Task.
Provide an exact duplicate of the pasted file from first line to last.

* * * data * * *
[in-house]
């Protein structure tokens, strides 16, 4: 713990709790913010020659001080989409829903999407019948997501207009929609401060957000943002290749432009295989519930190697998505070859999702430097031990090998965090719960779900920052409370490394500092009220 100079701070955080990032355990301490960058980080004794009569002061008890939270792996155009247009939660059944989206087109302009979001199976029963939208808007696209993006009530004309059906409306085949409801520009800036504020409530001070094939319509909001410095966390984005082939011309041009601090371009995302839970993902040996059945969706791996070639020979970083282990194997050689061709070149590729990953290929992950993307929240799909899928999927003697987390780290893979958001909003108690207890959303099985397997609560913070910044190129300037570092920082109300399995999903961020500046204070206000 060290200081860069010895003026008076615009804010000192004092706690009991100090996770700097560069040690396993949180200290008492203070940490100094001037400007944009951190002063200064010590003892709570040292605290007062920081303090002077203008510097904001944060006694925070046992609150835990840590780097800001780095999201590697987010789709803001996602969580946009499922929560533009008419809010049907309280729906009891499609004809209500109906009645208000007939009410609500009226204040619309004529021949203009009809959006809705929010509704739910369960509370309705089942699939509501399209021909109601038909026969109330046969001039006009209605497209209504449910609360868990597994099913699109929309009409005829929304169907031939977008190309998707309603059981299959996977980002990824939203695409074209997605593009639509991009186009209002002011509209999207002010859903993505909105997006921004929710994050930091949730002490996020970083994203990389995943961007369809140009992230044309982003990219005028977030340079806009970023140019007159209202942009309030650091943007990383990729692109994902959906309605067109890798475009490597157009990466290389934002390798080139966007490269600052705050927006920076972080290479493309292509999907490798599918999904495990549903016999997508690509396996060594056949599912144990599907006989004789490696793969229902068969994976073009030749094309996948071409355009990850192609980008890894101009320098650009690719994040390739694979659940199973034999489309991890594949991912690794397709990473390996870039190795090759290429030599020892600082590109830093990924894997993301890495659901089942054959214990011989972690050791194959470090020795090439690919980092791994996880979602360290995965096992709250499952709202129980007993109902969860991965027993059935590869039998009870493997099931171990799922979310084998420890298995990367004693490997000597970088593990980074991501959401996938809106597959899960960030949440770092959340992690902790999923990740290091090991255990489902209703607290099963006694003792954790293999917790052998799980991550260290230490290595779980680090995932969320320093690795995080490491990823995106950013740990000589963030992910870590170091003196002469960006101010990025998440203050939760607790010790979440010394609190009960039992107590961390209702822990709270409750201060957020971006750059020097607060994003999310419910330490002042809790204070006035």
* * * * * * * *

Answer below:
[in-house]
């Protein structure tokens, strides 16, 4: 713990709790913010020659001080989409829903999407019948997501207009929609401060957000943002290749432009295989519930190697998505070859999702430097031990090998965090719960779900920052409370490394500092009220 100079701070955080990032355990301490960058980080004794009569002061008890939270792996155009247009939660059944989206087109302009979001199976029963939208808007696209993006009530004309059906409306085949409801520009800036504020409530001070094939319509909001410095966390984005082939011309041009601090371009995302839970993902040996059945969706791996070639020979970083282990194997050689061709070149590729990953290929992950993307929240799909899928999927003697987390780290893979958001909003108690207890959303099985397997609560913070910044190129300037570092920082109300399995999903961020500046204070206000 060290200081860069010895003026008076615009804010000192004092706690009991100090996770700097560069040690396993949180200290008492203070940490100094001037400007944009951190002063200064010590003892709570040292605290007062920081303090002077203008510097904001944060006694925070046992609150835990840590780097800001780095999201590697987010789709803001996602969580946009499922929560533009008419809010049907309280729906009891499609004809209500109906009645208000007939009410609500009226204040619309004529021949203009009809959006809705929010509704739910369960509370309705089942699939509501399209021909109601038909026969109330046969001039006009209605497209209504449910609360868990597994099913699109929309009409005829929304169907031939977008190309998707309603059981299959996977980002990824939203695409074209997605593009639509991009186009209002002011509209999207002010859903993505909105997006921004929710994050930091949730002490996020970083994203990389995943961007369809140009992230044309982003990219005028977030340079806009970023140019007159209202942009309030650091943007990383990729692109994902959906309605067109890798475009490597157009990466290389934002390798080139966007490269600052705050927006920076972080290479493309292509999907490798599918999904495990549903016999997508690509396996060594056949599912144990599907006989004789490696793969229902068969994976073009030749094309996948071409355009990850192609980008890894101009320098650009690719994040390739694979659940199973034999489309991890594949991912690794397709990473390996870039190795090759290429030599020892600082590109830093990924894997993301890495659901089942054959214990011989972690050791194959470090020795090439690919980092791994996880979602360290995965096992709250499952709202129980007993109902969860991965027993059935590869039998009870493997099931171990799922979310084998420890298995990367004693490997000597970088593990980074991501959401996938809106597959899960960030949440770092959340992690902790999923990740290091090991255990489902209703607290099963006694003792954790293999917790052998799980991550260290230490290595779980680090995932969320320093690795995080490491990823995106950013740990000589963030992910870590170091003196002469960006101010990025998440203050939760607790010790979440010394609190009960039992107590961390209702822990709270409750201060957020971006750059020097607060994003999310419910330490002042809790204070006035």